There is hardly any attempt in Bollywood to show men’s issues, especially the ordeal of male rape victims. Aitraaz a movie released in 2004 was the first successful attempt to show the story of a male victim of sexual assault in the hands of a woman. That film was packed with powerful performances by actors like Kareena Kapoor, Akshay Kumar, Amrish Puri and Paresh Rawal that was a blockbuster. The dialogues written were very professional and coupled with impeccable acting skills, cinematography, plot and picturization that had a powerful impact in the minds of Indian audience about male victims of rape.
But the subject of sexual assault on men by women still remained a taboo not only in India but also in other parts of the world. Since the subject is more to portray the suffering of the male victims and denied justice to them, a movie made on that subject needs to be powerful enough to break the existing stereotype and make a permanent impression on the audience. Because before we accept anything, our personal values start judging the matter from our own perspective. That is why even Indian MRAs misconstrued an earlier Hindi movie Section 375 as highlighting the issue of false rape cases on men, whereas that was actually on the feminist propaganda called – ‘Secondary Victimization of Rape Victims’ which is explained here –
Make No Mistake, Section 375 Is A Feminist Propaganda Movie
It is extremely difficult to highlight men’s issues in a movie since men’s pain is not often portrayed well. Such attempts do not get required funding and even known actors refuse to act in those movies. While Aitraaz continues to clearly stand out in that race, the movie 376D is a good and bold attempt towards the same direction, yet it falls short on many parameters as I shall explain now.
376D, a Hindi movie released in October 2020 – the year of great Covid pandemic, was an effort to show the plight of male rape victims in India. But even the makers of this movie was not bold enough to portray women offenders but showed men as the perpetrators of rape.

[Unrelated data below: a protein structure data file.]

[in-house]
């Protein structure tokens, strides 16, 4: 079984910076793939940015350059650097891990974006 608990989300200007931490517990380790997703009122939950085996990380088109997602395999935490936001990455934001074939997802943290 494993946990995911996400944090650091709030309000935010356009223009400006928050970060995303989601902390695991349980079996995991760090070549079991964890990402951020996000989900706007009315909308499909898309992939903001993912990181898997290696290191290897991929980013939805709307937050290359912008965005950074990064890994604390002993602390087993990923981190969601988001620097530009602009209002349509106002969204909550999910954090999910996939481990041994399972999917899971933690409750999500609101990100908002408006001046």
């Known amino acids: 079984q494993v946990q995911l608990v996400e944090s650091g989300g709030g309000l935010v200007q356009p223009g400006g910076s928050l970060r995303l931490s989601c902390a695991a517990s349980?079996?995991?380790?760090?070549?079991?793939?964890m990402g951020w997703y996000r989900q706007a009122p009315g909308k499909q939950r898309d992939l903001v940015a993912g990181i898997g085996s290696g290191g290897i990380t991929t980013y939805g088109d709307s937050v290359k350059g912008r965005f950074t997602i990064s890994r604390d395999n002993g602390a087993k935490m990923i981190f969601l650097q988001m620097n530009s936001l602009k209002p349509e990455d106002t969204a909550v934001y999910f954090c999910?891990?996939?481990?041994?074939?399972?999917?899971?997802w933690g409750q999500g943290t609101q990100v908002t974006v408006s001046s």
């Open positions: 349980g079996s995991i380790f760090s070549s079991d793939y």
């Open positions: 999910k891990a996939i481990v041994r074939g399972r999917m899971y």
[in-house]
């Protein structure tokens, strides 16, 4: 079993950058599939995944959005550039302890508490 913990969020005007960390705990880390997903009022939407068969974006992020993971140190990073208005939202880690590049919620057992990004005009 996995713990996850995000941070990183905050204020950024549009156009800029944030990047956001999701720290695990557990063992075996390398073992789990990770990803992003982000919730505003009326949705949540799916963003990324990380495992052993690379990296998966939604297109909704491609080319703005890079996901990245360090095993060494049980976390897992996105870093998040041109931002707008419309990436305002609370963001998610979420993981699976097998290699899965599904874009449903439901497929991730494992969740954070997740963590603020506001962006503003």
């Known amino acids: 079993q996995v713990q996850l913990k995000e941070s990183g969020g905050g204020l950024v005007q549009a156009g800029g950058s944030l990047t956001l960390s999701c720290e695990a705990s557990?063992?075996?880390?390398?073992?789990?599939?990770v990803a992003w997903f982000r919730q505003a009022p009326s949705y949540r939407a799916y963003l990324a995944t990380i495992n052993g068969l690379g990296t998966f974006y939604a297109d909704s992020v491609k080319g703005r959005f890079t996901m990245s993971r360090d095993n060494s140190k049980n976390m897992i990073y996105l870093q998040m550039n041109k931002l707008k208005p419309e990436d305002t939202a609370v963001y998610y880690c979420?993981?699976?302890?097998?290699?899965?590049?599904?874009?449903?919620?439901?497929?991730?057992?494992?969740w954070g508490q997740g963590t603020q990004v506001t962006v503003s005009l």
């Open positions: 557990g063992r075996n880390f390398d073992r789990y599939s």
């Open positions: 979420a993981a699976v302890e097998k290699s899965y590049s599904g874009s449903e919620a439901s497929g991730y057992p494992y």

To make the case stronger for the male victims in the movie, 376D showed them cross-dressed as women. The writer, however, could successfully and convincingly show why the two heterosexual brothers dressed like women on that fateful night.
The two brothers when dressed in women’s attire were wrongly construed as girls by the perpetrators who abducted them and raped them in a moving car. This plot, however, leaves a thought in our mind that the writer probably could not perceive that a man could be raped even in a man’s attire and by a gang of women. This portrays the makers of the movie as weak who could not go much beyond the existing stereotype that Aitraaz tried to do in 2004.
Even though the makers of the movie 376D wanted to show the hardships faced by the male rape victims and the lack of social and legal support for such victims, they were probably not very convinced that women could rape men. That is why it is important to understand how from the very definition of rape, we can say that even women can be rapists –
Most Powerful Analysis of ‘Rape’ That Promises Justice
Movie 376D shows the battle of two brothers Sanju and Devi who were forcefully abducted from the streets of Delhi and then gang raped inside the moving car. They were beaten up grievously and then thrown to the streets. One of the victims Devi goes into Coma and the brother Sanju and his friend Sandhya fought the battle.